it achieves higher magnifications using more comfortable, longer focal length eyepieces without the need for a Barlow. In terms of light grasp and resolving power it exceeds the capabilities of an 80mm refractor on both scores (the effective clear-aperture light grasp of a C90 once you account for transmission losses and obstruction, is 85mm). Most importantly, at under $200, it's cheaper than a refractor.
First, Jim, thanks for this post. I'm seriously considering getting one of these for travel purposes (and public star parties under a moon-blighted sky when there are no conjunctions that might require a 1.5 degree plus field). You've clarified this post already, in pointing out that the C90 is about like your AT72ED minus the gigantic field, which I would agree completely. I would also agree that, for Deep Sky, this little Mak will indeed perform like an 85mm clear aperture scope.
But still, I think for full disclosure to the masses, one should consider a few characteristics of the C90. First, it does NOT have an oversized primary, as Meade touted about its Maks. I realize that Ed Ting (and many others) still rate the Synta Maks as superior to their Meade counterparts, but just because Meade has put out, perhaps, an inferior product doesn't invalidate the claim their making regarding primary mirror size.
It's important to consider the aspherical corrector plate as demonstrated here
. The drawing is exaggerated for effect, but the defocusing effect of the corrector plate means the primary mirror, in order to operate at the size of the corrector plate optically, must be oversized relative to the corrector plate. The Synta's are not, as Gary Seronik wrote about in his S&T review of the Orion Mak 127 soon after the Apex line came out (2001?) Seronik wrote that the 127's actual functioning aperture was really 121mm, and not 127mm, due to this lack of an oversized primary. Proportionally scaling his figures to the 90mm model, one gets 85.75mm as the functioning full aperture of the Synta 90mm. When one subtracts the Pi-R-Squared of this 85.75mm and the Pi-R-Squared of the 31mm painted secondary, one ends up with the photon equivalency of an 80.7mm unobstructed aperture instrument. Of course, on planets, it can't possibly perform at this level, since it's an obstructed view, so the 72mm ED or long tube 60mm achromat scope sounds about right. OTOH, for DSOs, in my experience at least, obstructed aperture instruments tend to produce results of the effective aperture of the primary, almost regardless of the CO size (at least when it's below 40%, which it is well below on all the longer focal ratio Synta Maksutovs).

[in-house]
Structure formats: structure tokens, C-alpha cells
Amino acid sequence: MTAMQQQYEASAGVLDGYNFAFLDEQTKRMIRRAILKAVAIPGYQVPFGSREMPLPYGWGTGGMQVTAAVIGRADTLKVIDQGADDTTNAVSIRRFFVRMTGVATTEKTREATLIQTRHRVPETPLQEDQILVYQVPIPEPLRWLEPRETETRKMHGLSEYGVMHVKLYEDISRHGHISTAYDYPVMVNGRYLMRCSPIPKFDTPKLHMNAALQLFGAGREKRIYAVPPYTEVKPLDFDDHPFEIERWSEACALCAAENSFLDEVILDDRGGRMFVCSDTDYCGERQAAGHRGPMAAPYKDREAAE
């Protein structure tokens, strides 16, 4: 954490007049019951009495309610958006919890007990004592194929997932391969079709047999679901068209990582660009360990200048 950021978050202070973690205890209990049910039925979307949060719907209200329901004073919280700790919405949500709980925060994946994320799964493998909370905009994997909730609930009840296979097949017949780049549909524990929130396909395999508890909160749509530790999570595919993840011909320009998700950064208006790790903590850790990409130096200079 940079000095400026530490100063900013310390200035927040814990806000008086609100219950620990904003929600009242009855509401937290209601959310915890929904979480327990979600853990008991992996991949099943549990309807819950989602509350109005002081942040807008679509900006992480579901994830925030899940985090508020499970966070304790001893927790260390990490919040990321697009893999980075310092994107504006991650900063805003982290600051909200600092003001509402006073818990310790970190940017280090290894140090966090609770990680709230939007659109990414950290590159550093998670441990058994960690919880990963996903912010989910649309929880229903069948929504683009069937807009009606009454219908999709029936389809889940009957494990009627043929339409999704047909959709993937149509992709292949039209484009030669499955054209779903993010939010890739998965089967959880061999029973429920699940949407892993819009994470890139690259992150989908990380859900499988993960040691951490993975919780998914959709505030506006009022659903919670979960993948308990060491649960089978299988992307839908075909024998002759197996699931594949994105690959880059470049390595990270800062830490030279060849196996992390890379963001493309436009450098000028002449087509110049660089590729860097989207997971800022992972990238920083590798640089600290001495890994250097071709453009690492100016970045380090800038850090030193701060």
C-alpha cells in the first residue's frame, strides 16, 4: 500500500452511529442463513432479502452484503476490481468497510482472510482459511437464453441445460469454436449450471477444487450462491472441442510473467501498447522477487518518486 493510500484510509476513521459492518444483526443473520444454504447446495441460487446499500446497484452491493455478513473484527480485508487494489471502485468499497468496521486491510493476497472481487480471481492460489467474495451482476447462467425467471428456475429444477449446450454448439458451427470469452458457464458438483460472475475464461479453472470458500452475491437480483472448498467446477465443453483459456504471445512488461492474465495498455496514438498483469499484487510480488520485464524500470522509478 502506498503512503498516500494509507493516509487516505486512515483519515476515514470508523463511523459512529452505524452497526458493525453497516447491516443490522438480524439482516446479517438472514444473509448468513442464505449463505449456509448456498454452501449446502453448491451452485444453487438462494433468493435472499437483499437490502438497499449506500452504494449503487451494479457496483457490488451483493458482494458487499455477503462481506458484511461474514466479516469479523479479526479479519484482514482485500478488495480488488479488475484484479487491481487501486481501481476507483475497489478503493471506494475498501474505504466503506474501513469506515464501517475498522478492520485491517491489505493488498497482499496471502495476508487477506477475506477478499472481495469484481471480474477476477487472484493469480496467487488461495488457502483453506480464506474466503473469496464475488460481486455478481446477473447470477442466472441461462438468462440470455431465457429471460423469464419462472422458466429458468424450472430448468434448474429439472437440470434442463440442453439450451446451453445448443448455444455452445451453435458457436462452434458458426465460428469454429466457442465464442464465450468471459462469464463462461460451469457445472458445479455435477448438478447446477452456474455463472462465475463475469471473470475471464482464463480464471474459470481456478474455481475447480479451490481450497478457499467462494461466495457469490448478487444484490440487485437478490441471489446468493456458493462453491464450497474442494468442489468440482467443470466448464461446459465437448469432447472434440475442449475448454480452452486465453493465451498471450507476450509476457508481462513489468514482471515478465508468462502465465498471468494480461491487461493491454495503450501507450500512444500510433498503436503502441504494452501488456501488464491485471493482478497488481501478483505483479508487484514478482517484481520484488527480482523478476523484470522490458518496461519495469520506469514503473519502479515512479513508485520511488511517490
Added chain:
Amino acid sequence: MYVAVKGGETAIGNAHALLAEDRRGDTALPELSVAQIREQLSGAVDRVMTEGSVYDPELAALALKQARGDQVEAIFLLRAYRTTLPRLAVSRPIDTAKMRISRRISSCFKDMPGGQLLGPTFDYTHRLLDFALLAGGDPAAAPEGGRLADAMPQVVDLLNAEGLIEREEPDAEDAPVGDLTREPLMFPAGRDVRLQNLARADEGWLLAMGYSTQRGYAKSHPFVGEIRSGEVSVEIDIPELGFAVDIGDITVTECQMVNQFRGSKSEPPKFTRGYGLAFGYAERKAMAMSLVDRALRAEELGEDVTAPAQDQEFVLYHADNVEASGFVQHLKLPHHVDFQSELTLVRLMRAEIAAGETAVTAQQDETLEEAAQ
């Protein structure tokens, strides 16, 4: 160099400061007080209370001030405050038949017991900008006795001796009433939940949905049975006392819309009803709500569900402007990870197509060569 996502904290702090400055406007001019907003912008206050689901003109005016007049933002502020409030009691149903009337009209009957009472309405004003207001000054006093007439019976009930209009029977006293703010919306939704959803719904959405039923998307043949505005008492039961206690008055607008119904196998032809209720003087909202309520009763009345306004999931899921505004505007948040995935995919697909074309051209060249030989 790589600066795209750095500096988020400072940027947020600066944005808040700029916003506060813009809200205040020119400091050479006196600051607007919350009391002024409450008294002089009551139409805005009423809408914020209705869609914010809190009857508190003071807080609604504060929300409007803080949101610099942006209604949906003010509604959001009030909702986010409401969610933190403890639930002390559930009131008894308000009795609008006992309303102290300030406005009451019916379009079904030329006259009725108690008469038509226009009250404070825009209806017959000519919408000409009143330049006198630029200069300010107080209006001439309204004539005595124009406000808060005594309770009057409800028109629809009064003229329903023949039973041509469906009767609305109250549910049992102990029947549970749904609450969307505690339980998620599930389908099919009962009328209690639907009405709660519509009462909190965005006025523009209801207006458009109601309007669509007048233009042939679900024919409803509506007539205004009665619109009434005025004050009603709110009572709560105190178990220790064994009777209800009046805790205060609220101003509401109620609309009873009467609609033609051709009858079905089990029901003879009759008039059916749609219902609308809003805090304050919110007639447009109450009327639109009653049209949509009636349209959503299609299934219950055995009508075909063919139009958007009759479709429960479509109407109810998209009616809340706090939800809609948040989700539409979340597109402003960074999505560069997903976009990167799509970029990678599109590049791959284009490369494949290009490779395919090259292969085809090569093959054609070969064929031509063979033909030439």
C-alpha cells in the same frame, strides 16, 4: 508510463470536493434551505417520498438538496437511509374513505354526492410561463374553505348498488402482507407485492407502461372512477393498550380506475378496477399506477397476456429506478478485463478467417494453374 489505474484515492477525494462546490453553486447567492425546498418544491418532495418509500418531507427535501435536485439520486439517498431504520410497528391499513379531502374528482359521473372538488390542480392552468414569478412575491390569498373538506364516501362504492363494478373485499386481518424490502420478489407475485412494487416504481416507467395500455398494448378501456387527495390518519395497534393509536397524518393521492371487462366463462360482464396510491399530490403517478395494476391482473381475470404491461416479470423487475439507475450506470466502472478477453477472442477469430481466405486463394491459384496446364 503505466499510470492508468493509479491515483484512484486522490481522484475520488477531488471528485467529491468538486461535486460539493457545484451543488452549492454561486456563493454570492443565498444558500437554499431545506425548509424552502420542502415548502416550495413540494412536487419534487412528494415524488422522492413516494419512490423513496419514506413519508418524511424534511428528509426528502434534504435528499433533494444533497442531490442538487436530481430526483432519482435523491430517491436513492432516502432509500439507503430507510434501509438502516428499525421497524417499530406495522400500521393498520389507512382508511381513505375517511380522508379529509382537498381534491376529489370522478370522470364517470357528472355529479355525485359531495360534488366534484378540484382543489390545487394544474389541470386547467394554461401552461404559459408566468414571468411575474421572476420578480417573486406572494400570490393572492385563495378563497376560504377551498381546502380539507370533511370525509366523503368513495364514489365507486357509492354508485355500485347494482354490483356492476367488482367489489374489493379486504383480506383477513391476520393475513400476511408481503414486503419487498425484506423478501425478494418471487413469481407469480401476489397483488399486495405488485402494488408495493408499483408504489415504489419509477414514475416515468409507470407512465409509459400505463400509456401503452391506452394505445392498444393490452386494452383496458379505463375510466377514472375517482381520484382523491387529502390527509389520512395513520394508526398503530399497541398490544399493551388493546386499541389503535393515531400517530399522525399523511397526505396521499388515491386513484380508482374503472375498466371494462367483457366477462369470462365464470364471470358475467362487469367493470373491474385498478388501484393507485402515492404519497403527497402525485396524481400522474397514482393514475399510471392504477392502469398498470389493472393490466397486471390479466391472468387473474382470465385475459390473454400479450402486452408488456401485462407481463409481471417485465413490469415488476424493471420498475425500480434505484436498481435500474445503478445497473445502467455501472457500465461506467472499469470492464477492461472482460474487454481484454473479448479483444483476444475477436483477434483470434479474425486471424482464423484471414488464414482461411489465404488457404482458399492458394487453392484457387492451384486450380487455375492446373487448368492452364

And speaking of focal ratio, using my calculations above, I put the C90 as operating at F/14.58, so pretty slow indeed. But I also concur with your findings, Jim, that the maximum TFOV you'll get out of one of these is about 1.3 degrees. That won't frame the Pleiades, and can't help with conjunctions or when a planet cruises near the Pleiades, Beehive, etc. But of course, it will easily put any planet well inside the field, including every moon you might be able to see for Jupiter and Saturn. But the TFOV issue does make me wonder about this
. Something else for less than nothing! Decisions, decisions.
And kudos to 314Sprout finding Enceladus. Man, you and Jon Isaacs sure have it good in San Diego! You've GOT to live in the best place in North America for clarity of skies. Mine aren't bad, and I'm not complaining at all here in West Texas when I consider my eastern origins (Alabama and Iowa), but South California sounds like the best -- and the climate ain't half bad, neither! Since we're in the ice box that's gripped the central US, you indeed have it good.
Don't underestimate the 90mm Mak